Record global LNG trade to grow another 25% in 5 years, says IEF
Global trade in liquefied natural gas (LNG) hit a record high in 2022 and is expected to grow by another 25 percent to 500 million tons annually in five years, according to a new report by the International Energy Forum (IEF).
China overtook Japan to become the world's largest LNG importer and the US became the top LNG exporter in 2023, according to the report entitled "Fragile Equilibrium: LNG Trade Dynamics and Market Risks". It was produced by the International Energy Forum and Synmax, a satellite data analytics company.
Joseph McMonigle, Secretary General of the IEF, said: "LNG is in greater demand than ever before and continues to drive economic growth and enhance energy security across the world.
"The versatility of LNG saved Europe from an energy crisis and in Asia, LNG is a vital part of the energy mix. It has helped to lift millions of people out of energy poverty," he added.
LNG, which is supercooled gas shipped on special tankers, today accounts for about 15 percent of all gas supply worldwide. One of the advantages of LNG over pipeline gas is that it can be transported over large distances, routed to new demand centers at short notice and traded on the open market. This makes LNG particularly in demand at times of market disruption.
Geopolitics has become the most significant driver of remapping LNG trade flows and investment, the report says. Russia's invasion of Ukraine in 2022 transformed energy markets, with Russian gas production falling 21 percent in the last two years, hitting a 14-year low in 2023.
Faced with the sudden loss of pipeline gas, European buyers turned to LNG to fill the void. Europe's surging demand propelled global LNG prices to unprecedented heights and created a supply squeeze for emerging economies, exacerbating a delicate market situation, the report says.
In Europe, LNG's share of gas demand rose from 12 percent a decade ago to more than 50 percent and Europe's regasification capacity is expected to grow by another 48 percent by 2030.
"LNG is now an integral part of Europe's energy mix, acting as a baseload and replacing the role of Russian pipeline gas," the report said.
Over the medium term, southeast Asia is expected to become the new LNG import hotspot, with demand poised to double by the end of the decade, driven by Singapore, Vietnam, and the Philippines, the report says.
"Ten new importers are expected to join the market in the next two years alone. Growth will be driven by adopting LNG for cooking and power generation," the report said.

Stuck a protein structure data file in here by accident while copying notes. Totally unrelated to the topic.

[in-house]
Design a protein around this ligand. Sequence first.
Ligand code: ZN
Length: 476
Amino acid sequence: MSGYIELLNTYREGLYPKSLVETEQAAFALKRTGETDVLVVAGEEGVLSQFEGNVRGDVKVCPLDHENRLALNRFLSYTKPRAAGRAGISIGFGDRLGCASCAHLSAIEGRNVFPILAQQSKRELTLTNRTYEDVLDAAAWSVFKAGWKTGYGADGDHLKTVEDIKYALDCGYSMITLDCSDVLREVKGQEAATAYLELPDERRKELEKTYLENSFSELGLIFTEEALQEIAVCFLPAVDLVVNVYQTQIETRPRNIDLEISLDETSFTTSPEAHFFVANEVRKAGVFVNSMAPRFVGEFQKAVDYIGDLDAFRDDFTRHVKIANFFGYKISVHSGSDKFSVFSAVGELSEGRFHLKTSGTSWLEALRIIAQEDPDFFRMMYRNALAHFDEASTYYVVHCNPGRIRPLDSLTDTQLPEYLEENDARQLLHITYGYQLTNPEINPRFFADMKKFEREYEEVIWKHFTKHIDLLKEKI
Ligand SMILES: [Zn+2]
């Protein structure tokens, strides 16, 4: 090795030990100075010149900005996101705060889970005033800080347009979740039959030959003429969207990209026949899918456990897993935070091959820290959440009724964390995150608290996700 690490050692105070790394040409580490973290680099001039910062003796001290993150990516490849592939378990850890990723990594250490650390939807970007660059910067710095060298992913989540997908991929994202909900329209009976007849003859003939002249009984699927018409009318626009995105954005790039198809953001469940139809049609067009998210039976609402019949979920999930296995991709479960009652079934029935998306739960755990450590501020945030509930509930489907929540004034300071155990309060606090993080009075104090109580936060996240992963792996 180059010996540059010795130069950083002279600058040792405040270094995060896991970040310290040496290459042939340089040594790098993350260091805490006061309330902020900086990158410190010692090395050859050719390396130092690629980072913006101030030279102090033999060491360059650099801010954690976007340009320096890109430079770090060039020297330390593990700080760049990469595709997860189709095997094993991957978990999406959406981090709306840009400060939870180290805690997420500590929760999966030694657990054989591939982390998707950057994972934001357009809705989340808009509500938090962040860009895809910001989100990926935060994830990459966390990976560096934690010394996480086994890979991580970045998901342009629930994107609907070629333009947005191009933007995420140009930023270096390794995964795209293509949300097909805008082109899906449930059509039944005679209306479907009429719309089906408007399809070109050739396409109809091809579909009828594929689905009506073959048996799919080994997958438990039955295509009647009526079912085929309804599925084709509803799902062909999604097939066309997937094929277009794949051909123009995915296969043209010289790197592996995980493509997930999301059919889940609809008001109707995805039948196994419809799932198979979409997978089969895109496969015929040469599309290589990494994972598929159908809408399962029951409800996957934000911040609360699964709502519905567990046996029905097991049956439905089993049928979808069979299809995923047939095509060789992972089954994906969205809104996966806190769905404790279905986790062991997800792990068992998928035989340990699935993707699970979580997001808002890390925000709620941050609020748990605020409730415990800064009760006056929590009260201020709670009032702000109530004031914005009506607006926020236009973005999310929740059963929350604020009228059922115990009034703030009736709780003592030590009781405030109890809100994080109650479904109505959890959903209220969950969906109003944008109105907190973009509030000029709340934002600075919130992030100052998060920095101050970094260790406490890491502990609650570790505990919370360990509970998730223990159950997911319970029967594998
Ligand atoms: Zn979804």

US LNG exports have surged by 135 percent since 2019, and the US now delivers to 36 countries, the report says. It will remain the largest source of LNG supply growth in the future, with export capacity expected to grow by 17 percent by 2025 and another 43 percent by 2028.
McMonigle said: "Natural gas has been a major driver of climate progress by reducing emissions from the power sector in Europe and north America over the past 30 years and is expected to play a critical role in the energy transition in Asia and Africa for decades to come."
Despite recent growth, LNG markets remain fragile because of strong demand amidst growing geopolitical risk, the report says.
"Despite robust starting inventories, the EU's import situation will likely be tense and fragile this winter," the report said. "The critical challenge is that the EU's gas supply security depends on the weather in Europe, China's and Japan's LNG demand, and weather-related or technical outages in the Gulf of Mexico. Any slight disruptions in supplies can have significant impacts."
Supply disruptions and volatile prices have far-reaching effects on emerging economies, the report says. South Asia, including India, Pakistan, and Bangladesh, slashed LNG purchases by 16 percent last year. Many buyers in the region withdrew from spot markets altogether, and suppliers under long-term contracts in some cases defaulted on deliveries to obtain higher profits in other markets.
"A lack of access to affordable natural gas led to fuel shortages and increased use of carbon-intensive fuels, contributing to higher carbon emissions. This impacted countries' energy strategies and LNG's perceived reliability and affordability," the report said.
Having become the largest LNG importer in the world this year, China's share of active global LNG contracts is expected to rise to nearly 25 percent of global supply by 2030, bolstering the role of Chinese companies in LNG trading, the report says.
The energy crises of the past few years have underscored the importance for governments to invest in a diversity of energy sources and technologies, including gas and LNG infrastructure, the report says. However, European governments are wary of overcommitting to gas infrastructure and gas demand in Europe is expected to fall as countries progress towards net-zero goals, the report says.
"Europe has accounted for 31 percent of LNG contracts signed this year, while Asia Pacific has accounted for 46 percent. As things stand, Europe could be buying approximately 70 percent of its LNG from the spot market in 2030," the report said.
Close collaboration between producers and consumers is essential to accelerating the mitigation of methane emissions from the gas supply chain, and reducing emissions intensity of supply is imperative to support investment in new liquefaction projects, the report says.
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